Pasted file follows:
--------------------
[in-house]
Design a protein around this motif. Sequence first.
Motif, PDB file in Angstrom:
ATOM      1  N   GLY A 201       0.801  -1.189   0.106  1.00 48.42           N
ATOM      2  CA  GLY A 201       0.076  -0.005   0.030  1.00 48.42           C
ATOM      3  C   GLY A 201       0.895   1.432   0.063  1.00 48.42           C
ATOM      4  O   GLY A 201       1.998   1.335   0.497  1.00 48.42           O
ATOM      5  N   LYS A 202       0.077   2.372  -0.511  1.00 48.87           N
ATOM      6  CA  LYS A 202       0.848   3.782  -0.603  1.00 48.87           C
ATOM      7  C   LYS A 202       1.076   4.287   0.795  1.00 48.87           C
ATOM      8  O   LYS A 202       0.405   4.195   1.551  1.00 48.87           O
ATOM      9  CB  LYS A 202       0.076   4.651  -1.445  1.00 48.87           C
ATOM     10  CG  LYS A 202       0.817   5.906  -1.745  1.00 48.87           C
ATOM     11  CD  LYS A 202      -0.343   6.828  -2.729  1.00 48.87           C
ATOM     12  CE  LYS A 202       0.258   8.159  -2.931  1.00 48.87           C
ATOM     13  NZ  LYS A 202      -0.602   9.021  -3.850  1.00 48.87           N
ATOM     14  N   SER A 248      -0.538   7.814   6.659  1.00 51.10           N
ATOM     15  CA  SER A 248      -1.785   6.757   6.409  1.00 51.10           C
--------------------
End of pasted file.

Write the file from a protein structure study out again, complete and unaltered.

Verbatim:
[in-house]
Design a protein around this motif. Sequence first.
Motif, PDB file in Angstrom:
ATOM      1  N   GLY A 201       0.801  -1.189   0.106  1.00 48.42           N
ATOM      2  CA  GLY A 201       0.076  -0.005   0.030  1.00 48.42           C
ATOM      3  C   GLY A 201       0.895   1.432   0.063  1.00 48.42           C
ATOM      4  O   GLY A 201       1.998   1.335   0.497  1.00 48.42           O
ATOM      5  N   LYS A 202       0.077   2.372  -0.511  1.00 48.87           N
ATOM      6  CA  LYS A 202       0.848   3.782  -0.603  1.00 48.87           C
ATOM      7  C   LYS A 202       1.076   4.287   0.795  1.00 48.87           C
ATOM      8  O   LYS A 202       0.405   4.195   1.551  1.00 48.87           O
ATOM      9  CB  LYS A 202       0.076   4.651  -1.445  1.00 48.87           C
ATOM     10  CG  LYS A 202       0.817   5.906  -1.745  1.00 48.87           C
ATOM     11  CD  LYS A 202      -0.343   6.828  -2.729  1.00 48.87           C
ATOM     12  CE  LYS A 202       0.258   8.159  -2.931  1.00 48.87           C
ATOM     13  NZ  LYS A 202      -0.602   9.021  -3.850  1.00 48.87           N
ATOM     14  N   SER A 248      -0.538   7.814   6.659  1.00 51.10           N
ATOM     15  CA  SER A 248      -1.785   6.757   6.409  1.00 51.10           C